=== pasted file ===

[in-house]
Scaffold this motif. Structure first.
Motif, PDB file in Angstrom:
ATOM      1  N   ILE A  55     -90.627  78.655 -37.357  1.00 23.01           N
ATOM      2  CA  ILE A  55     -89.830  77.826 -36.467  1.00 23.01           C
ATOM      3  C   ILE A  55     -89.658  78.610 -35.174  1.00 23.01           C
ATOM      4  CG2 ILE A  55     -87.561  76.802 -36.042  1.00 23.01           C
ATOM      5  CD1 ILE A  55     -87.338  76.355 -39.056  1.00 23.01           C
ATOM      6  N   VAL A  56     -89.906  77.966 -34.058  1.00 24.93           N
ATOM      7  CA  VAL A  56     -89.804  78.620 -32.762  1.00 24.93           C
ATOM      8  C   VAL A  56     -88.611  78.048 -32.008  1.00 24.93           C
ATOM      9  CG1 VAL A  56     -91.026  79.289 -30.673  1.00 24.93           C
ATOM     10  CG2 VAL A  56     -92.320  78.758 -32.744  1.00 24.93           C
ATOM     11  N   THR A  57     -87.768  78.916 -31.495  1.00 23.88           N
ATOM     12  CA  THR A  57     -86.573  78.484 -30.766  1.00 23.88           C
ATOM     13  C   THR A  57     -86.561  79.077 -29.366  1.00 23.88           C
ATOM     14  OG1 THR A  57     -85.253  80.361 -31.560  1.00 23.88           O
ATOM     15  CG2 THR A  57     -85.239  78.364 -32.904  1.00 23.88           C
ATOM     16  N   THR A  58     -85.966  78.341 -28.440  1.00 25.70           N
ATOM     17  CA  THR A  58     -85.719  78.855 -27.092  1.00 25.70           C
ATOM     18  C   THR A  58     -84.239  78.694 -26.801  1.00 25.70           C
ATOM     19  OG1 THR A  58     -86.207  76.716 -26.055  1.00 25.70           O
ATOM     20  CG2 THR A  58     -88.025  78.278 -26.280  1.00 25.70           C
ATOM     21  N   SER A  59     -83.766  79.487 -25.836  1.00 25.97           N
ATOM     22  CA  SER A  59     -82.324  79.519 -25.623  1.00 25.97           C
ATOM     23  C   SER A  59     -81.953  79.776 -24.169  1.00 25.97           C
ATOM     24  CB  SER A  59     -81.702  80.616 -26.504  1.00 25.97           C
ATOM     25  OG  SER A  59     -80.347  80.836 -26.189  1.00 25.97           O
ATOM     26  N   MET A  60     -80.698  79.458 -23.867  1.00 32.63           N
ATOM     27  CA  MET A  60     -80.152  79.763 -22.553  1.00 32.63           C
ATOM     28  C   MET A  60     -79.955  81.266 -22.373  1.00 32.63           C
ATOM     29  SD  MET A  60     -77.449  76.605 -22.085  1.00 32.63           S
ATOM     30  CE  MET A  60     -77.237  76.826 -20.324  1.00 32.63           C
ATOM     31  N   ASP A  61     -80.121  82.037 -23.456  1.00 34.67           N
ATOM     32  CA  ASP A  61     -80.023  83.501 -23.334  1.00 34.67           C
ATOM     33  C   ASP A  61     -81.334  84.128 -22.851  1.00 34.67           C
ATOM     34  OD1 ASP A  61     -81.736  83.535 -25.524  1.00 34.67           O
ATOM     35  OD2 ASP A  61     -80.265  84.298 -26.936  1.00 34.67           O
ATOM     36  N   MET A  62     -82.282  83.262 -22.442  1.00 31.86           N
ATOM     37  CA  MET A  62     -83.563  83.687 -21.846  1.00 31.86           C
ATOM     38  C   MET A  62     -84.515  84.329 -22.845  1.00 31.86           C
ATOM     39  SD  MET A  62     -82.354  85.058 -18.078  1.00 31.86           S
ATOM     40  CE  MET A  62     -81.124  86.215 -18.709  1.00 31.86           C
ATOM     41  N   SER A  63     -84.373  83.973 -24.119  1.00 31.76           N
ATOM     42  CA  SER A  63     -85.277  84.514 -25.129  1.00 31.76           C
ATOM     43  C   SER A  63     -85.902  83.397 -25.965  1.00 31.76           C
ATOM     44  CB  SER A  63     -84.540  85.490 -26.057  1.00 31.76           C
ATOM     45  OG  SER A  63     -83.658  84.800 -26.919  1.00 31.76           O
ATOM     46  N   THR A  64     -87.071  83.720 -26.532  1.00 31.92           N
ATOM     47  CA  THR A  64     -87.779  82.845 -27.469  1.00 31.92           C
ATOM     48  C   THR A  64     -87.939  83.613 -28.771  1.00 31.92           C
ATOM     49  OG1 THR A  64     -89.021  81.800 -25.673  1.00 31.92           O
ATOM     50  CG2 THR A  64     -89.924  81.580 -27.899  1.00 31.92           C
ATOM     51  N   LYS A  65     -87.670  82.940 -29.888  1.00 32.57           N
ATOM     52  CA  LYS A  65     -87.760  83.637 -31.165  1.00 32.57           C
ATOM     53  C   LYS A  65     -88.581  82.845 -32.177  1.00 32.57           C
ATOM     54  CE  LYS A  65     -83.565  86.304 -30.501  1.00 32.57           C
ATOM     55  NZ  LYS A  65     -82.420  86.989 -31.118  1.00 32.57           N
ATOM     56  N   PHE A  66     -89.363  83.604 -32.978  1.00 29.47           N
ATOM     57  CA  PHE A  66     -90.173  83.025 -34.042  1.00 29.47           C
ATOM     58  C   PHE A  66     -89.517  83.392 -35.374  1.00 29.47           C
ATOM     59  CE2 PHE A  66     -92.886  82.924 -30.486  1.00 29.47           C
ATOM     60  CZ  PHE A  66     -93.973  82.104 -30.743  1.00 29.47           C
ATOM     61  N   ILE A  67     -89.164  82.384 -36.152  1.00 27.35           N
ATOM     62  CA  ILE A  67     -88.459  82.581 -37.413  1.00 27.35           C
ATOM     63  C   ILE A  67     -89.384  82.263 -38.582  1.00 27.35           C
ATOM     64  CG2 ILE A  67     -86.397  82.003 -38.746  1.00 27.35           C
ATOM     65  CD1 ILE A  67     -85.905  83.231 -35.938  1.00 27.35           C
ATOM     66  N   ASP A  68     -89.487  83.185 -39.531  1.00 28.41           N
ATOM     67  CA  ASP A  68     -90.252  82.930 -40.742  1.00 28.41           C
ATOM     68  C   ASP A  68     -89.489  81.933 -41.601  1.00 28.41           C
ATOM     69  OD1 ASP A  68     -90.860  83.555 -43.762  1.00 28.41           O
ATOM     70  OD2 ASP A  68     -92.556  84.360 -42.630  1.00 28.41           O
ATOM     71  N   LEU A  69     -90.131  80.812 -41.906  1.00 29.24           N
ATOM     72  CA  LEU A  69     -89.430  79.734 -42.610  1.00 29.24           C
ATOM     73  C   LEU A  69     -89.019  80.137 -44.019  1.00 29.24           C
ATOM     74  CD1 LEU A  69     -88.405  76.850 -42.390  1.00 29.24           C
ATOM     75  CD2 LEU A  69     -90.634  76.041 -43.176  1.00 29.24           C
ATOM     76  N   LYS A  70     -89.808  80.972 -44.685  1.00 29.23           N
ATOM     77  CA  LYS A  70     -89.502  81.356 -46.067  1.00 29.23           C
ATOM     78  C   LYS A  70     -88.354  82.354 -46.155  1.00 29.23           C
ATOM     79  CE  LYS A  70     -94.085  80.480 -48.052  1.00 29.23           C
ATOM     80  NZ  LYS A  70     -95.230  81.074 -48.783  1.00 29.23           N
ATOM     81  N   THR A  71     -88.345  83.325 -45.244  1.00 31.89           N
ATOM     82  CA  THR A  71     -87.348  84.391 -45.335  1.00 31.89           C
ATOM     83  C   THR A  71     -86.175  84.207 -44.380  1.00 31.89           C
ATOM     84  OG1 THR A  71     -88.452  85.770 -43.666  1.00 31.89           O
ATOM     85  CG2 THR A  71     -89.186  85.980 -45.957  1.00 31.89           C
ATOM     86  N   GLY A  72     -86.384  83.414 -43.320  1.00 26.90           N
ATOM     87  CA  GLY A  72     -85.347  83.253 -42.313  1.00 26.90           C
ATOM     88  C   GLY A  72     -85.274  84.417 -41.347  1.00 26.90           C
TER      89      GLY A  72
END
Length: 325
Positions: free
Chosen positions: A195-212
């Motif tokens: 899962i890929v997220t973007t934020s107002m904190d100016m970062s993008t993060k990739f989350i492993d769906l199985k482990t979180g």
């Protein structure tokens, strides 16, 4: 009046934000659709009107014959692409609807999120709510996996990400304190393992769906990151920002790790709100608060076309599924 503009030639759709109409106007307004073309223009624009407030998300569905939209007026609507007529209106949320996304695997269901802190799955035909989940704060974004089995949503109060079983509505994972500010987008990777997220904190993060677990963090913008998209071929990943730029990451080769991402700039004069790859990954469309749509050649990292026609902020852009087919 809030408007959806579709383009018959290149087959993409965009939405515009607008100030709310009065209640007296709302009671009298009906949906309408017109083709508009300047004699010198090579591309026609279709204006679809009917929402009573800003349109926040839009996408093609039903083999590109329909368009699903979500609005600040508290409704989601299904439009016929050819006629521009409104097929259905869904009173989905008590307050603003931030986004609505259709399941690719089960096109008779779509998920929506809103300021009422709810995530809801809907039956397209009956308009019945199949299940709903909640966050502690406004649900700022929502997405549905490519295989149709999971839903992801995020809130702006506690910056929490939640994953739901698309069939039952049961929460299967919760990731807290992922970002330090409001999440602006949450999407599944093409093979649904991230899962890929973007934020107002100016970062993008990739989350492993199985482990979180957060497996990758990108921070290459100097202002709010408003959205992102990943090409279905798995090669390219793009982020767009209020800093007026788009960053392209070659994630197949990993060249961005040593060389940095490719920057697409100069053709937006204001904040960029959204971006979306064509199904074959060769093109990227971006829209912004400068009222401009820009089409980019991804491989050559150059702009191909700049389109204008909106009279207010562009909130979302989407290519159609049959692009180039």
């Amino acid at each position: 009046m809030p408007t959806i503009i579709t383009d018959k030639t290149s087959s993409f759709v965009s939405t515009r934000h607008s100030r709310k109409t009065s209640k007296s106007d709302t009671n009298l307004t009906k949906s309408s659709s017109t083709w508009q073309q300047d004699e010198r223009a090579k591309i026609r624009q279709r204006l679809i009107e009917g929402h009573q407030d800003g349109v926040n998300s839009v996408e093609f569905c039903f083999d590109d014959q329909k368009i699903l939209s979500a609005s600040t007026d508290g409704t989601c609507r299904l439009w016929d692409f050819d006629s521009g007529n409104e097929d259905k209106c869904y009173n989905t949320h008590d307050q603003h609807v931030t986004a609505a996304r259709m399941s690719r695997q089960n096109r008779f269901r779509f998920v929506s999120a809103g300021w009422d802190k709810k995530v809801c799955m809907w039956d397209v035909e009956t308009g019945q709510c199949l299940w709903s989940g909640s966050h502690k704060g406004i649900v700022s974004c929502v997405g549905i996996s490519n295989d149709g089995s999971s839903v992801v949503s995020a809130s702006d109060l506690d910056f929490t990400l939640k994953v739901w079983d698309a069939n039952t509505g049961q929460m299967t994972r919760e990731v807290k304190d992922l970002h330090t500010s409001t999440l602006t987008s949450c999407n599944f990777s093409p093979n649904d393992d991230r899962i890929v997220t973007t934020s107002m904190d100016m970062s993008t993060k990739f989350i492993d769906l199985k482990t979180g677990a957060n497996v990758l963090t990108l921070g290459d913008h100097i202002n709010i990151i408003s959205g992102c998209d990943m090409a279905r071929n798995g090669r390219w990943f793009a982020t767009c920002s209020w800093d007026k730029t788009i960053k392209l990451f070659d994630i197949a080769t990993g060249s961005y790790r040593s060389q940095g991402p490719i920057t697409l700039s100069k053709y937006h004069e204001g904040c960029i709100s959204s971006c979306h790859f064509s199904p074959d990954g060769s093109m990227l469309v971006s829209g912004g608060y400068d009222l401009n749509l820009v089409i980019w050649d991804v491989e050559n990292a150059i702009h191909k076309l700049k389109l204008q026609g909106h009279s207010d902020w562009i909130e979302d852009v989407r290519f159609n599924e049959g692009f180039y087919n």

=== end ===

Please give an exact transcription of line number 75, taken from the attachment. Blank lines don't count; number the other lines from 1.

ATOM     72  CA  LEU A  69     -89.430  79.734 -42.610  1.00 29.24           C